Tag Archives: http

HEPIX Spring 2011 – Day 5

What day it is can be told by all the suitcases around the room.

Version Control

An overview of the version control used in CERN. Quite cool, they’re not using Git yet but they are moving away from CVS to SVN (subversion) which is not updated anymore. Apparently hard to migrate.

They use DNS load balancing

  • Browse code / logging, revisions, branches: WEBSVN – on the fly tar creation.
  • TRAC – web SVN browsing tool plus: ticketing system, wiki, plug-ins.
  • SVNPlot – generate SVN statsw. No need to checkout source code (svnstats do ‘co’).

Mercurial was also suggested at the side of Git (which is founded by Linus Torvalds).

Cern – VM – FS

Cern-VM-FS (CVMFS) looked very promising. The last one is not intended at the moment for images but more for sending applications around. It uses Squid proxy server and looked really excellent. Gives you a mount point like /cvmfs/ and under there you have the softwares.


Requirements needed to set it up:

  • Rpms: cvmfs, -init-scripts, -keys, -auto-setup (for tier-3 sites does some system configs), fuse, fuse-libs, autofs
  • squid cache – you need to have one. Ideally two or more for resilience. Configured (at least) to accept traffic from your site to one or more cvmfs repository servers. You could use existing frontier-squids.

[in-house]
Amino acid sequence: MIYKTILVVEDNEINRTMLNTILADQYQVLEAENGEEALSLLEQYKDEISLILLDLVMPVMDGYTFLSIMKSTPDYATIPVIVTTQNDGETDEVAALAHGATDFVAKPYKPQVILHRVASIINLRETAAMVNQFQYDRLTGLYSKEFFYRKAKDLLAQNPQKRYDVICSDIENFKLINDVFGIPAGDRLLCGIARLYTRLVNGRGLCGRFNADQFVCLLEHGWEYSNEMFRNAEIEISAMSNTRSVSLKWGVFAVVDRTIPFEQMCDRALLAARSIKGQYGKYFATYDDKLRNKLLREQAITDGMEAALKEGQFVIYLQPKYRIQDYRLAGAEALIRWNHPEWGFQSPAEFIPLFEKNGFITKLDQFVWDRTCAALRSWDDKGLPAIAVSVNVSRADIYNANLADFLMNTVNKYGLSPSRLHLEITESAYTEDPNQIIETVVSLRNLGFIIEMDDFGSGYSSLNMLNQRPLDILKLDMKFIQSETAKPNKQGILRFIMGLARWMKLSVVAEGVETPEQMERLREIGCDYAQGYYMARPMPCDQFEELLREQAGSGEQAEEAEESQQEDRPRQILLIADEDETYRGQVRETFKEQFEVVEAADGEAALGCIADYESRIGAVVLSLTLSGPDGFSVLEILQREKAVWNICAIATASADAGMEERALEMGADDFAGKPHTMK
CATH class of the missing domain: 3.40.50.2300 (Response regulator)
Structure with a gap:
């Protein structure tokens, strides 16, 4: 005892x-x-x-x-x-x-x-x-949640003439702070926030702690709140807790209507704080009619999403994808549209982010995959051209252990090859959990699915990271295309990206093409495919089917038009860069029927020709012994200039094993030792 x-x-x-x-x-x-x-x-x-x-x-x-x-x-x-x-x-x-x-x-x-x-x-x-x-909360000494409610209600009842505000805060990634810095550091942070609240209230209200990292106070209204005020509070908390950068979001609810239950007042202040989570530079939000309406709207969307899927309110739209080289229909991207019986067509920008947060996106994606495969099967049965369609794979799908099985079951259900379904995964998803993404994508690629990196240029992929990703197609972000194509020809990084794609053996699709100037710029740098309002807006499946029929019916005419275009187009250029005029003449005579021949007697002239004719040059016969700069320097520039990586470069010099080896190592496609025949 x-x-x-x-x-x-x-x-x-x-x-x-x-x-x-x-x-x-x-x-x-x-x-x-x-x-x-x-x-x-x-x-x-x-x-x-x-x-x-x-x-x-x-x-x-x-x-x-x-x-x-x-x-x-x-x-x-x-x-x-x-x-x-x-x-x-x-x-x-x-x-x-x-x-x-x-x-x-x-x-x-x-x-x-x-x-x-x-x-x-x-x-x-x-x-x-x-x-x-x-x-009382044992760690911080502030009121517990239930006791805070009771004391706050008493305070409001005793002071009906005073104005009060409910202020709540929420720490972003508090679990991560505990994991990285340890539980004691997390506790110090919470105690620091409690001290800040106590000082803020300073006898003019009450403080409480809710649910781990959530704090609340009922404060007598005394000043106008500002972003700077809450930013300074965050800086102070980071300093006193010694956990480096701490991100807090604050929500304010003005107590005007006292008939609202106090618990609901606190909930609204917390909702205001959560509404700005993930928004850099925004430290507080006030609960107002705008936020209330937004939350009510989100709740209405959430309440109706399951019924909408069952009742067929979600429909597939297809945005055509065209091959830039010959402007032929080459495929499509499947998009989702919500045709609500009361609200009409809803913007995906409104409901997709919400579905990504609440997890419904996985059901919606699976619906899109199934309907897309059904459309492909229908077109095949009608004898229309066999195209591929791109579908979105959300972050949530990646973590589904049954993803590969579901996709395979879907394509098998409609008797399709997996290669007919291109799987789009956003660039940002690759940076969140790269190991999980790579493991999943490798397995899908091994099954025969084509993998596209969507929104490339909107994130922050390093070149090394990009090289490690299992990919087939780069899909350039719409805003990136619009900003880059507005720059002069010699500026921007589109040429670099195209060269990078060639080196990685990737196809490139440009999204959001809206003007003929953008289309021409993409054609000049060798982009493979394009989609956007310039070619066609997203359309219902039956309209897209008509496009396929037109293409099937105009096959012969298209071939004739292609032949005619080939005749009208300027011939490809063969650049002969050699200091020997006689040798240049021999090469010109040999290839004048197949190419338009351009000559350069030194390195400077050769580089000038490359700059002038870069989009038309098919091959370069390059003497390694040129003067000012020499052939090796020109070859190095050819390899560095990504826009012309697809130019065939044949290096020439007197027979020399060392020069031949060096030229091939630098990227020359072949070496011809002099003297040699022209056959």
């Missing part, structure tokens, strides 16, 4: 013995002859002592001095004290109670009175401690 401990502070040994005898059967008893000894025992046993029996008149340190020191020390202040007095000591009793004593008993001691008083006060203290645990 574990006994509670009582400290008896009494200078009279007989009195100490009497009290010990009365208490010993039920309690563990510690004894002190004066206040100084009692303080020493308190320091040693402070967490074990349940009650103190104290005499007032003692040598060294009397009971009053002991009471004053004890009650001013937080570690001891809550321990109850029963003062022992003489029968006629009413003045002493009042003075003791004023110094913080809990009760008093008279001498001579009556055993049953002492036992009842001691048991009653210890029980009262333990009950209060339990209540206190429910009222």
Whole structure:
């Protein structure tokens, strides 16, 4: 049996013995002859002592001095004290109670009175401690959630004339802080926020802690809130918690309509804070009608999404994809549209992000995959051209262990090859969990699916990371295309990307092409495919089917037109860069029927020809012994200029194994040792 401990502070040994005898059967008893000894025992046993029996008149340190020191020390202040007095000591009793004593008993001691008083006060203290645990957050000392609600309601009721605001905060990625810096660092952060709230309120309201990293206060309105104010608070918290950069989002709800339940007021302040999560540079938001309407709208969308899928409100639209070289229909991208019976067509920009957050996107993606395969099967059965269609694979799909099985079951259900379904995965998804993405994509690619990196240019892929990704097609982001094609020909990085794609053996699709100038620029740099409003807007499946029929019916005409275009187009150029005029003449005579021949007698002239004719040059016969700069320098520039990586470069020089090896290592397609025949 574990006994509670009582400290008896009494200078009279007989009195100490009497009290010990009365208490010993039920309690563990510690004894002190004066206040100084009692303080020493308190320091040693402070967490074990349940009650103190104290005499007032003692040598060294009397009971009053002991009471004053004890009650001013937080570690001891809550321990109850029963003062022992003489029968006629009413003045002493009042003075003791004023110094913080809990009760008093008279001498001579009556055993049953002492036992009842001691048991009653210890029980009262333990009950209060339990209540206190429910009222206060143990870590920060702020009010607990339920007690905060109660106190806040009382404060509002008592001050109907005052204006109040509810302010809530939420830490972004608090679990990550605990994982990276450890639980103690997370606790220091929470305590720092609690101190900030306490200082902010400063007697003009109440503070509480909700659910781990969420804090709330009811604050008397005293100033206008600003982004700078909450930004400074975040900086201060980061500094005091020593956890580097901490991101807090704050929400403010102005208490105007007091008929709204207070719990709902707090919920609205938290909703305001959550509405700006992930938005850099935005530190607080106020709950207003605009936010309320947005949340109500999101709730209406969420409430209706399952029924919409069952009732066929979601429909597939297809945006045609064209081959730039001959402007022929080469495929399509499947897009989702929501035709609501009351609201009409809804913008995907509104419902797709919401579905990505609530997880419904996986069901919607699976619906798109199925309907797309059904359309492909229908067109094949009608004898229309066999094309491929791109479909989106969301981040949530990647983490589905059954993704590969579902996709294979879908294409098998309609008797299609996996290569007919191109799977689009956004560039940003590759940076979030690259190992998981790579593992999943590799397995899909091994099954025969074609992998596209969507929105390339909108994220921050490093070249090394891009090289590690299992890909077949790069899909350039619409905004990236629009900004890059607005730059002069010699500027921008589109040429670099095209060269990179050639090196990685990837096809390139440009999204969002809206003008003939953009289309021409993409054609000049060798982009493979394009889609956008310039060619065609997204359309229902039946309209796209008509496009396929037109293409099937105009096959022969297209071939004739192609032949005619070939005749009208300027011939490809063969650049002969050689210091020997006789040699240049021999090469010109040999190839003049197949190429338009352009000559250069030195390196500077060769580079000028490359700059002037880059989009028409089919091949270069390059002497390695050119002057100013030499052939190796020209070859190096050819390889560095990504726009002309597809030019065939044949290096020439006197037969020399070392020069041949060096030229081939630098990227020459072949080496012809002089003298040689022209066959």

National Grid Service Cloud

A Brittish cloud.

Good for teaching with a VM – if a machine is messed up it can be reinstalled.

Scalability – ‘cloudbursting‘ – users make use of their local systems/clusters – until they are full – and then if they need to they can do extra work in the cloud. Scalability/cloudbursting is the key feature that users are looking for.

Easy way to test an application on a number of operating systems/platforms.

Two cases were not suitable. Intensive – with a lot of number crunching.

Good: you don’t have to worry about physical assembly or housing. They do have to install the servers and networking etc. Usually this is done by somebody else. Images are key to making this easier.

Bad: Eucalyptus stability – not so good. Bottlenecks: networking is important. More is required to the whole physical server when it’s running vms.

To put a 5GB vm on a machine you would need 10GB. 5 for the image and 5 for the actual machine.
Some were intending to develop the images locally on this cloud and then move it on to Amazon.

Previous Days:
Day 4
Day 3
Day 2
Day 1

RHEL and web-server

Another thing you will notice if you are used to debian is that RHEL has iptables enabled by default.

To alter it you use the ‘iptables’ command. It is quite complex and there are good guides out there.

If you just want to let http and ssh through you can run this:

iptables -I RH-Firewall-1-INPUT 3 -p tcp -m tcp –dport 80 –tcp-flags SYN,RST,ACK SYN -j ACCEPT
iptables -I RH-Firewall-1-INPUT 3 -p tcp -m tcp –dport 22 –tcp-flags SYN,RST,ACK SYN -j ACCEPT

You do not have to change anything in httpd (made by apache by the way) to enable it.
Just point your browser. The document root is by default: /var/www/html

Install Drupal 7 in Debian 6